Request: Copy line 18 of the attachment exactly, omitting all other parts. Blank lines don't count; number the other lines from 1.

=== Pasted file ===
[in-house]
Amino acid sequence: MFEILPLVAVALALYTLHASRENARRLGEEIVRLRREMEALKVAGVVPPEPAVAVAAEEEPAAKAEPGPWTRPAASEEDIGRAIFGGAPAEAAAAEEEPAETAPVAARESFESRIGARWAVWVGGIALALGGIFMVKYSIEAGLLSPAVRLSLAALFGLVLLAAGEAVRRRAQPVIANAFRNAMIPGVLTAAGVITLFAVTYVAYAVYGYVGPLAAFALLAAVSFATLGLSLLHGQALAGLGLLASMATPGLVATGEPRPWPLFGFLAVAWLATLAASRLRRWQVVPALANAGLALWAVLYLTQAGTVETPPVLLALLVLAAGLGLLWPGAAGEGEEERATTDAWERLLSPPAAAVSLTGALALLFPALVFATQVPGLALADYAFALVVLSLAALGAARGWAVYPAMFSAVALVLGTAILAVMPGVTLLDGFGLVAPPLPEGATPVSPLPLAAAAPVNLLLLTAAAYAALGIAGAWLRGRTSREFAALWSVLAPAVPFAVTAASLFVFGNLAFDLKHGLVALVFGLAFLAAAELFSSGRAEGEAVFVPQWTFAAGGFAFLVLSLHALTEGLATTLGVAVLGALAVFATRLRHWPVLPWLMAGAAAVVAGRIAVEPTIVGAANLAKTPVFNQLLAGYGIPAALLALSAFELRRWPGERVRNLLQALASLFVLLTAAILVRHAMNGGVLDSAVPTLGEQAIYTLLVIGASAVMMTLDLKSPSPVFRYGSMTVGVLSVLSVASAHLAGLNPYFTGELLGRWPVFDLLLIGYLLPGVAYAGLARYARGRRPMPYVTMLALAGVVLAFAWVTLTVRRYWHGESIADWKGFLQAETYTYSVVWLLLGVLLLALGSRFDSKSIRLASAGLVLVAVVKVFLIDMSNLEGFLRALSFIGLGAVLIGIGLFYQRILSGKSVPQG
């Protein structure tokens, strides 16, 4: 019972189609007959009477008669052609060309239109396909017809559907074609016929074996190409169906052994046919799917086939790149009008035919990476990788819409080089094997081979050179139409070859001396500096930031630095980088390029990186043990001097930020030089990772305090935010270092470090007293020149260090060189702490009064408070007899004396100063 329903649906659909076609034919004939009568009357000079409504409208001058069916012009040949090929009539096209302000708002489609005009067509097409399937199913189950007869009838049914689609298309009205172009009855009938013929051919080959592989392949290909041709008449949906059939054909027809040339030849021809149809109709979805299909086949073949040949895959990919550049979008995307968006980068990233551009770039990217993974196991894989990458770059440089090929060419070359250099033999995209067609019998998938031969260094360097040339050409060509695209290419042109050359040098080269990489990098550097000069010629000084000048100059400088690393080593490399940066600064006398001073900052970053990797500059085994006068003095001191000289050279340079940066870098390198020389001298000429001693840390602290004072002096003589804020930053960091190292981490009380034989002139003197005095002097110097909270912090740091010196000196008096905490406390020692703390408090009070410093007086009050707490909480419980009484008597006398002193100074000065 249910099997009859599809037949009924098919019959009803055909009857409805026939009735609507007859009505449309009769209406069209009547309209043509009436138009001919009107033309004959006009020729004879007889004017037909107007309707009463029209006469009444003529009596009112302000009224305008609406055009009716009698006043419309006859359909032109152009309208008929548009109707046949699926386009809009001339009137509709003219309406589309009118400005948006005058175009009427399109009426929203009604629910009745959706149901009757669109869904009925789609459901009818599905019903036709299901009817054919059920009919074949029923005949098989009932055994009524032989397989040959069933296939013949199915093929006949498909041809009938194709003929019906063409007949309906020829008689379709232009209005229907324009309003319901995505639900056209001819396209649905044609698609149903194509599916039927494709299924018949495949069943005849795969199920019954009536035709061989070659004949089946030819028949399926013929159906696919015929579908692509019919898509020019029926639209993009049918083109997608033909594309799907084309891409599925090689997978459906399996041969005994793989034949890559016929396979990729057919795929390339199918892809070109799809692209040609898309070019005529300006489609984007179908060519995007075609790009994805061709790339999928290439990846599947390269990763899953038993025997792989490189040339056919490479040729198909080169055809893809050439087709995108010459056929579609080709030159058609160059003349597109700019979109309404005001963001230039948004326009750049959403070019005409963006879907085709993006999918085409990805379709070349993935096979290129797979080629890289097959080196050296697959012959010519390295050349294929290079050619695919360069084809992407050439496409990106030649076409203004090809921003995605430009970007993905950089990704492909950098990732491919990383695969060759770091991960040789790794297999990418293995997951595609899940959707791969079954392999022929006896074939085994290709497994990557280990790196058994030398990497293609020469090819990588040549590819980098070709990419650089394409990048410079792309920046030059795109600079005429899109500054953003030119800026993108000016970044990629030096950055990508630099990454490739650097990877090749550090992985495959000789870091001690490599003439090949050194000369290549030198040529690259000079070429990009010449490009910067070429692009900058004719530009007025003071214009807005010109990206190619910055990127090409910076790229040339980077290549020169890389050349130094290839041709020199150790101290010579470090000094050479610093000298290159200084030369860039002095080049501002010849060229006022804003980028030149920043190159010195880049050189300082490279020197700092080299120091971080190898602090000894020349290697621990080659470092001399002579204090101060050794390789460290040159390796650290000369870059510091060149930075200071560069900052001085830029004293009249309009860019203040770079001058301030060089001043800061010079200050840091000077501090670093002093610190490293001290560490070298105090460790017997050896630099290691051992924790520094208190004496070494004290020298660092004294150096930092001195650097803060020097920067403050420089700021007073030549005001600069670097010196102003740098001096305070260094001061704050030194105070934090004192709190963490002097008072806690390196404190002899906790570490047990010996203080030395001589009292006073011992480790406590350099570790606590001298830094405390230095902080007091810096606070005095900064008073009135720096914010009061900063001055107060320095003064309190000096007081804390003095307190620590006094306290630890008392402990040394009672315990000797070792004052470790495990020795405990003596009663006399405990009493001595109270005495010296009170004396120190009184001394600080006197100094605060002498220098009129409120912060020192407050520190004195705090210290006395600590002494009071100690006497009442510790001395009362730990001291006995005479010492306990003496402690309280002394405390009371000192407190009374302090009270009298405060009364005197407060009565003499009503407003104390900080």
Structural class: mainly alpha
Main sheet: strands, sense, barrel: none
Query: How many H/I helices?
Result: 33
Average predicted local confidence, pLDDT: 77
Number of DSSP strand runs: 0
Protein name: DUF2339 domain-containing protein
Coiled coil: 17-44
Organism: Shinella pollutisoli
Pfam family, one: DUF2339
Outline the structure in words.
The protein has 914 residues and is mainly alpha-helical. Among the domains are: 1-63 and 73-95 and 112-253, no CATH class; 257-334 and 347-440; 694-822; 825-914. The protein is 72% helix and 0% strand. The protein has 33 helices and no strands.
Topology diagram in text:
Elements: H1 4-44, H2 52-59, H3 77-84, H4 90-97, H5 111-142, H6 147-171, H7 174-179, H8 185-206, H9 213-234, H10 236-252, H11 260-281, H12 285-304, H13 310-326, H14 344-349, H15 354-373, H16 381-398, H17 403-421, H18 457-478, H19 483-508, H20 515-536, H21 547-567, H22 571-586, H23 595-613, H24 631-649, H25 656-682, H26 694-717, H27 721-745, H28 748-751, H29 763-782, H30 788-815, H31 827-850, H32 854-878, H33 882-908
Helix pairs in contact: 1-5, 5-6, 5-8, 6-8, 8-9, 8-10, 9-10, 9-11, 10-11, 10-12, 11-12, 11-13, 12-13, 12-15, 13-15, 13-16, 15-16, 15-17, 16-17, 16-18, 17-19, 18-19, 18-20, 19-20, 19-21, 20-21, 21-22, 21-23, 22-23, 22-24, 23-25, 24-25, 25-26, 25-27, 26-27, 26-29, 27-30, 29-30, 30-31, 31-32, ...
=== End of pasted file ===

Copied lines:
Helix pairs in contact: 1-5, 5-6, 5-8, 6-8, 8-9, 8-10, 9-10, 9-11, 10-11, 10-12, 11-12, 11-13, 12-13, 12-15, 13-15, 13-16, 15-16, 15-17, 16-17, 16-18, 17-19, 18-19, 18-20, 19-20, 19-21, 20-21, 21-22, 21-23, 22-23, 22-24, 23-25, 24-25, 25-26, 25-27, 26-27, 26-29, 27-30, 29-30, 30-31, 31-32, ...